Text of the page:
2 oct 2017
GET THE PERFECT COCKPIT FOR YOUR MTB STYLE
Mountain bike cockpits – bars and stems – have changed a lot in recent years. A ‘wide’ set of MTB handlebars has gone from 660mm all the way out to 800mm, while what’s considered ‘short’ for a stem has shrunk from around 70mm to 35mm. How do you make sense of such radical change? And what dimensions should you be running?
The answer depends on three things. First, and most importantly, you should simply be running what fits you. Secondly, you should be running what fits within your bike’s dimensions. And thirdly, you should consider how your style of riding affects the second thing. Let’s look at those one by one.
What fits you?
The growth in width has been dismissed by many as simple fashion, but while wider bars are certainly fashionable, it’s wrong to think they’re of no benefit. It’s all about stability – it’s simple physics.
Imagine you’re doing a press-up with your hands close together and somebody shoves you. It’s very hard to stop yourself toppling sideways. Now imagine the same scenario with your hands spread naturally… it’s far harder to push you off balance.
This is analogous to what happens on the trails, where tire slips, locked wheels and uneven rocks and roots jostle and pull at your balance. It’s not about wide bars giving you extra leverage over the bike – it’s about the bike having less leverage over you.
Consequently, the right bar for you is the width that spreads your hands into the most natural, stable position. The taller and wider at the shoulder you are, the wider you should go, and vice versa. If it’s hard to keep you elbows unlocked, to stretch the bike down into a corner or to resist collapsing towards the bars under impacts, you’ve gone too wide.
Note that going wider will pull your torso forwards; a shorter stem brings your weight back to its original position, while making steering responses more direct. When upgrading handlebars, it’s best to err towards too wide, as they can always be cut down.
What fits your bike?
Today’s shorter, wider cockpits have been developed in conjunction with longer, slacker-fronted frames that maintain (and often increase) cockpit length. This means that, the older your frame is, the less likely it’s able to usefully accommodate a very short stem/wide bar.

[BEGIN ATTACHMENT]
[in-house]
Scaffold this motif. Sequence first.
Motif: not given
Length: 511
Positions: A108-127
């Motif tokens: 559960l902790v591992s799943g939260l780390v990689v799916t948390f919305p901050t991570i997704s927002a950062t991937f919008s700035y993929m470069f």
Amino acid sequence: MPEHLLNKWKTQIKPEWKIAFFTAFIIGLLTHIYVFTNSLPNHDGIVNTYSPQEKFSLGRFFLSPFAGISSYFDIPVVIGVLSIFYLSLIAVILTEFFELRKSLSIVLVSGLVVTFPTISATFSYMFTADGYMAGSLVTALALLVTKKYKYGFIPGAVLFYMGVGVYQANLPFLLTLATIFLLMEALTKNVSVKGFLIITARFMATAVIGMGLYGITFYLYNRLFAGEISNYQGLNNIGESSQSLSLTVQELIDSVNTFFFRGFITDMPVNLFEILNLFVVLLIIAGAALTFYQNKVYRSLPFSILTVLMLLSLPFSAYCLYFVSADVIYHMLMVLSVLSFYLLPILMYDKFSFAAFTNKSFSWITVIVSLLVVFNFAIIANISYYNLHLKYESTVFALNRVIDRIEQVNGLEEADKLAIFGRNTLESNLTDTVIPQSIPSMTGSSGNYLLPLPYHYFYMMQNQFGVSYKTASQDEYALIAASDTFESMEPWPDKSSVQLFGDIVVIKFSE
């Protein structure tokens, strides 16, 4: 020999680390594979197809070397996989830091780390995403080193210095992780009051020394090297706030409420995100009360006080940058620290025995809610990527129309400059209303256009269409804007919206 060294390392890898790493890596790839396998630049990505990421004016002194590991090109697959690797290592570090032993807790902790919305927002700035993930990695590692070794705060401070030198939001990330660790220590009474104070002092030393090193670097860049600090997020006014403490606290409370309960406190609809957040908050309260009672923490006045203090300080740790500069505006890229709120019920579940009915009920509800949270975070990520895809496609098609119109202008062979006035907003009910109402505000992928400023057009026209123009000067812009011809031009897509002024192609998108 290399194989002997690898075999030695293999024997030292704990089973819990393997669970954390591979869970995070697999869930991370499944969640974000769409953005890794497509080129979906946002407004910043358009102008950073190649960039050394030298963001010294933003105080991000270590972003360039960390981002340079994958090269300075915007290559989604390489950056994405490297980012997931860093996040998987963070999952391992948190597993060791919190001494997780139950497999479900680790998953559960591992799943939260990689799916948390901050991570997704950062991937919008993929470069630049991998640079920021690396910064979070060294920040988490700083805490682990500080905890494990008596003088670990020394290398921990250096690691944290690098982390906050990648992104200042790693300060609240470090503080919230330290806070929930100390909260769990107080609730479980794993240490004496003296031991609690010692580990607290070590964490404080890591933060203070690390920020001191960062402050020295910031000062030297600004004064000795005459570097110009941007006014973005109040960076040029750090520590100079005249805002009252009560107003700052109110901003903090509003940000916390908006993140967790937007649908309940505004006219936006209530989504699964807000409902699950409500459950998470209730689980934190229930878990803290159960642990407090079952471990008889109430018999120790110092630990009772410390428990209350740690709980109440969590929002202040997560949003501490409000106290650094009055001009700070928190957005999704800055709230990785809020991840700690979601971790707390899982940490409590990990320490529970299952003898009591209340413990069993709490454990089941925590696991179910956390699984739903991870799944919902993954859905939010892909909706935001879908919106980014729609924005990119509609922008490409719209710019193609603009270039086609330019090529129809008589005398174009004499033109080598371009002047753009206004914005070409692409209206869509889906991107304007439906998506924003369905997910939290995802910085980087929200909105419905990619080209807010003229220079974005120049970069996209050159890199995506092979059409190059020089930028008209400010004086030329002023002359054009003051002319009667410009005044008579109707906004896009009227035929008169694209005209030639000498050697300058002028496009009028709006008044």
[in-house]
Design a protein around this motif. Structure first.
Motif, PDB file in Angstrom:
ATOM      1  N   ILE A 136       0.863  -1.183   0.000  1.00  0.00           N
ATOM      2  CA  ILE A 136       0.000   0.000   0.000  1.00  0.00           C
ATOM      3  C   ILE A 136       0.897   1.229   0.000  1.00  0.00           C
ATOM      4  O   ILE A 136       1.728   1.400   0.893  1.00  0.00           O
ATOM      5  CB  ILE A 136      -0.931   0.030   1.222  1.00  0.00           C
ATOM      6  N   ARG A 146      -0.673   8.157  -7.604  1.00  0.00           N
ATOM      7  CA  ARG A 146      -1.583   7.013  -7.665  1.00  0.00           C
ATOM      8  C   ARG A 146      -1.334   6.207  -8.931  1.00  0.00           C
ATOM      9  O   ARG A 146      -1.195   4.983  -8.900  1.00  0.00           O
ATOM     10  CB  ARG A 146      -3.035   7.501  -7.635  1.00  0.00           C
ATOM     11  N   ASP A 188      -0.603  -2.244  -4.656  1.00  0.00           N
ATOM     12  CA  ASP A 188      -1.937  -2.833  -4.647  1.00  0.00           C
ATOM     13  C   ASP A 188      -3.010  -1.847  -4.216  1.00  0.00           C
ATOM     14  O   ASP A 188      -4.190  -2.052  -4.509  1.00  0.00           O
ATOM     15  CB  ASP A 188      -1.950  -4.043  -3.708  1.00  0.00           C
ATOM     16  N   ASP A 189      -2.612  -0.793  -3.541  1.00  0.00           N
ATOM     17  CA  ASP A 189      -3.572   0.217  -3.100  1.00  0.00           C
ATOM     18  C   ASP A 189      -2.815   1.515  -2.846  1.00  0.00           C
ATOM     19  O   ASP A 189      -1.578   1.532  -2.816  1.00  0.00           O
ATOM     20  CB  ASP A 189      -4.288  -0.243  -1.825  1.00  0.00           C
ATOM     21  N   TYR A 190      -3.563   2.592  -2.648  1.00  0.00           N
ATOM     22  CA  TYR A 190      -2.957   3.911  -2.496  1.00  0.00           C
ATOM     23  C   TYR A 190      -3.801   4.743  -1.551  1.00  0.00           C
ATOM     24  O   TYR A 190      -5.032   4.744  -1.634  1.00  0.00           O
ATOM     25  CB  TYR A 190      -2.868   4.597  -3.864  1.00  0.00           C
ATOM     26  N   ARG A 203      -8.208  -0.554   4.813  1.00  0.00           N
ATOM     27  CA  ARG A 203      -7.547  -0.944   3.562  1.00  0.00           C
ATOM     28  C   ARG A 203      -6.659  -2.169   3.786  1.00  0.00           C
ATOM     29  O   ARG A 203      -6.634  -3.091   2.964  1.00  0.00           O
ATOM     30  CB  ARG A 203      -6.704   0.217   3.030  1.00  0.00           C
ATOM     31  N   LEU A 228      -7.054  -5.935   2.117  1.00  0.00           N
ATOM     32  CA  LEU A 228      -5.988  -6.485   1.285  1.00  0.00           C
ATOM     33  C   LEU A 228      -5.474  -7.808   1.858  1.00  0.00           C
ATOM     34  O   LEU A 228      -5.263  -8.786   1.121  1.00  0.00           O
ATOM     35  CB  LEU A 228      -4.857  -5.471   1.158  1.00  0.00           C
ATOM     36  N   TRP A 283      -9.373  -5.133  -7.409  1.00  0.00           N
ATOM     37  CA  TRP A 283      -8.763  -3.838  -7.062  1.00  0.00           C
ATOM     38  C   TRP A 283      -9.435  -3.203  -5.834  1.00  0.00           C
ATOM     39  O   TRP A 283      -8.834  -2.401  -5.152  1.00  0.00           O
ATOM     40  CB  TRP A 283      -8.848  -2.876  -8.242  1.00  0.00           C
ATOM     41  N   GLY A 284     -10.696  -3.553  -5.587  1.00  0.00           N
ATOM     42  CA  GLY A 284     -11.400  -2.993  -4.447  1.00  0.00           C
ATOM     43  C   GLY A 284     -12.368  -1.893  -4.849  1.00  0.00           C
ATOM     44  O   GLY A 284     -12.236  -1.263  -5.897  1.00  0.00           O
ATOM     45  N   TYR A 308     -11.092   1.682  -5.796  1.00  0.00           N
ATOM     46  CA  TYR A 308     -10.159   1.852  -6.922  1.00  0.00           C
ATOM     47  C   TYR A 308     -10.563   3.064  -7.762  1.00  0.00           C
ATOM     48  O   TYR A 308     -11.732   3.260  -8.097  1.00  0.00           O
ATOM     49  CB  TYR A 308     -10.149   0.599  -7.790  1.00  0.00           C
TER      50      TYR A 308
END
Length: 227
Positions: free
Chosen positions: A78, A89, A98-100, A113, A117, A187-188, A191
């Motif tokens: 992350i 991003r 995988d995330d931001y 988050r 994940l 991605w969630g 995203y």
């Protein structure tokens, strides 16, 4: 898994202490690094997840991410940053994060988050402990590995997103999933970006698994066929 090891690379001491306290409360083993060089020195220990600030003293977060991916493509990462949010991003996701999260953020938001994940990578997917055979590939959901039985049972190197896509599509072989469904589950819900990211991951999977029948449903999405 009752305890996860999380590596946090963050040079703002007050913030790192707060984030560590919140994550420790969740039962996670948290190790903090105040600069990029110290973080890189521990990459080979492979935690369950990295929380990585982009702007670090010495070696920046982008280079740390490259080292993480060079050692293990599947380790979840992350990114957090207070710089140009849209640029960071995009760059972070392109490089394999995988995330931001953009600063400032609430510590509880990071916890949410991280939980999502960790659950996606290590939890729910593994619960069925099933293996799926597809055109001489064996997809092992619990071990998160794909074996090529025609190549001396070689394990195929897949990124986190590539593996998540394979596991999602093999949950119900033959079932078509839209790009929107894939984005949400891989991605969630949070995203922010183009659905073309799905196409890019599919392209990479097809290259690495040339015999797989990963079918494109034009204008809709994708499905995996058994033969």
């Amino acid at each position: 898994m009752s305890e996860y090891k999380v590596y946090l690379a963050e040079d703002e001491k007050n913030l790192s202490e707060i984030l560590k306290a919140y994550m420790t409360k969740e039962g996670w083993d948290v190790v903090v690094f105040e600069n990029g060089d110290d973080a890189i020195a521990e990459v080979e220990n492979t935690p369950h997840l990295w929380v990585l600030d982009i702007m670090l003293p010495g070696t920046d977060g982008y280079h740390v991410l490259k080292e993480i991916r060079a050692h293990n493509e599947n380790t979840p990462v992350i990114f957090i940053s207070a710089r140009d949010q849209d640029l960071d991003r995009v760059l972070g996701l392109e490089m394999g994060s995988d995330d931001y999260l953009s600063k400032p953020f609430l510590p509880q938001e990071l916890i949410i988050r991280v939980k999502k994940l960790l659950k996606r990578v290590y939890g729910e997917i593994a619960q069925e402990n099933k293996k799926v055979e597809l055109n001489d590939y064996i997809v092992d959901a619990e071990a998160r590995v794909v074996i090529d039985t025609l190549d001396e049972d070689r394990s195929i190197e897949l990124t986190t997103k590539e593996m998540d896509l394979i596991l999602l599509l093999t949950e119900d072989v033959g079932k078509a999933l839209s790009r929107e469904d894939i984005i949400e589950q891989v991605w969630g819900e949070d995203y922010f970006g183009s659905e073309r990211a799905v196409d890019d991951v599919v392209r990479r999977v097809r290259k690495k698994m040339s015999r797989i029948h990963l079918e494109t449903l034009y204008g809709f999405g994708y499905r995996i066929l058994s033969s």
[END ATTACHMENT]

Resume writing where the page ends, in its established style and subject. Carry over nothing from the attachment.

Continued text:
Simplify the press-up example above and you get a triangle: your head at the top, your two hands at the base. Widening that base gives it greater stability. Well, there’s another triangle to imagine here. Viewed from the side, it runs from your head down to your feet, across the front axle to a point ahead, then up the line of your arms to your head.
Again, if the base of that triangle is small (because the bars are too close to the bottom bracket), you have little leverage to resist toppling backwards or – more likely – forwards right over the bars.
This complicates things. It restricts how short you can reasonably go on the stem, which in turn affects your ideal bar width – the steering may become too truck-like if you combine a wide bar with a long stem.
Basically, the shorter and steeper your front triangle, the longer and (slightly) narrower you should keep your stem and handlebars.
What’s right for your style?
The more aggressively you ride, and the more technical your chosen terrain, the more you’ll be rewarded by the stability and direct inputs of a wider bar and shorter stem. The good news is that aero is way less of an aspect in the dirt than on the road thanks to far lower average speeds, so there’s little downside there.
If your riding is more XC and endurance on generally smoother surfaces, your bike is unlikely to have room in the front triangle to work with the extreme end of things. It’s also unlikely to have it your frame is a few years old.
So, as with so many things about bicycles, it’s about finding the best compromise – get as close to the perfect bar width for your shoulders as you can, within the confines of the minimum stem length your bike take before it gets too short.
FSA have everything from its wide, trail-tough Afterburner range to superlight XC and exotic carbon you need to truly make your cockpit the best it can be.